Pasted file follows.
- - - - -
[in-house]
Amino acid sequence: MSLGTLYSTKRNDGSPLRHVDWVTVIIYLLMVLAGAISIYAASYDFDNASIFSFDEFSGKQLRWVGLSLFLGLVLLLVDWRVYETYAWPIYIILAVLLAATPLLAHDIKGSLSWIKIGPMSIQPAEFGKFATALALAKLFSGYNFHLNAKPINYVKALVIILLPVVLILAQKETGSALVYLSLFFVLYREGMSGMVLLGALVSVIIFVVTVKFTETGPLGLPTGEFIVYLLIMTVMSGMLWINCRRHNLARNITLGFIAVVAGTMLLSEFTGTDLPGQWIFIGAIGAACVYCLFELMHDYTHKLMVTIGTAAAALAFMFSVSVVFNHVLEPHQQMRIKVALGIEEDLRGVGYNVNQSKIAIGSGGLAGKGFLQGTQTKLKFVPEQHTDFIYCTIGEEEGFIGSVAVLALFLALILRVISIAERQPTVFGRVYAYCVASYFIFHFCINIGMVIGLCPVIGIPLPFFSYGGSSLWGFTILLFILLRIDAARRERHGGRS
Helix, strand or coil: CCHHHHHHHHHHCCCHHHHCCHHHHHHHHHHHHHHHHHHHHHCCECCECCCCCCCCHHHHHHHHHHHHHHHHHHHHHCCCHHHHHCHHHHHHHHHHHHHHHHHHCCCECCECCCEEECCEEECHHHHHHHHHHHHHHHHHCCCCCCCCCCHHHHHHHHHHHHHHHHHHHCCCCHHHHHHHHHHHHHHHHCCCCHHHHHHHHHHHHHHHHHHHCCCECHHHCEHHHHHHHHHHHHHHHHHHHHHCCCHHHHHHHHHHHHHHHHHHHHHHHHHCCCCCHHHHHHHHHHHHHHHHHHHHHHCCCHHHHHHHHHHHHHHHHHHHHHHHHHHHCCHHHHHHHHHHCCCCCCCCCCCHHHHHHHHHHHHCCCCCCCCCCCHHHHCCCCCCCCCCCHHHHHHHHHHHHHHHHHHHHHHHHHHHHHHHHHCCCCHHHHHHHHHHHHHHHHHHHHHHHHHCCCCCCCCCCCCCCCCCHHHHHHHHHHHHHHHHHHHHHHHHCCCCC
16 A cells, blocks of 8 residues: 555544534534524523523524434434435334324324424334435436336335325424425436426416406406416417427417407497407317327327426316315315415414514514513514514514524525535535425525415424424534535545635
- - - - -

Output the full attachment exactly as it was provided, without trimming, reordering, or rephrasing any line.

[in-house]
Amino acid sequence: MSLGTLYSTKRNDGSPLRHVDWVTVIIYLLMVLAGAISIYAASYDFDNASIFSFDEFSGKQLRWVGLSLFLGLVLLLVDWRVYETYAWPIYIILAVLLAATPLLAHDIKGSLSWIKIGPMSIQPAEFGKFATALALAKLFSGYNFHLNAKPINYVKALVIILLPVVLILAQKETGSALVYLSLFFVLYREGMSGMVLLGALVSVIIFVVTVKFTETGPLGLPTGEFIVYLLIMTVMSGMLWINCRRHNLARNITLGFIAVVAGTMLLSEFTGTDLPGQWIFIGAIGAACVYCLFELMHDYTHKLMVTIGTAAAALAFMFSVSVVFNHVLEPHQQMRIKVALGIEEDLRGVGYNVNQSKIAIGSGGLAGKGFLQGTQTKLKFVPEQHTDFIYCTIGEEEGFIGSVAVLALFLALILRVISIAERQPTVFGRVYAYCVASYFIFHFCINIGMVIGLCPVIGIPLPFFSYGGSSLWGFTILLFILLRIDAARRERHGGRS
Helix, strand or coil: CCHHHHHHHHHHCCCHHHHCCHHHHHHHHHHHHHHHHHHHHHCCECCECCCCCCCCHHHHHHHHHHHHHHHHHHHHHCCCHHHHHCHHHHHHHHHHHHHHHHHHCCCECCECCCEEECCEEECHHHHHHHHHHHHHHHHHCCCCCCCCCCHHHHHHHHHHHHHHHHHHHCCCCHHHHHHHHHHHHHHHHCCCCHHHHHHHHHHHHHHHHHHHCCCECHHHCEHHHHHHHHHHHHHHHHHHHHHCCCHHHHHHHHHHHHHHHHHHHHHHHHHCCCCCHHHHHHHHHHHHHHHHHHHHHHCCCHHHHHHHHHHHHHHHHHHHHHHHHHHHCCHHHHHHHHHHCCCCCCCCCCCHHHHHHHHHHHHCCCCCCCCCCCHHHHCCCCCCCCCCCHHHHHHHHHHHHHHHHHHHHHHHHHHHHHHHHHCCCCHHHHHHHHHHHHHHHHHHHHHHHHHCCCCCCCCCCCCCCCCCHHHHHHHHHHHHHHHHHHHHHHHHCCCCC
16 A cells, blocks of 8 residues: 555544534534524523523524434434435334324324424334435436336335325424425436426416406406416417427417407497407317327327426316315315415414514514513514514514524525535535425525415424424534535545635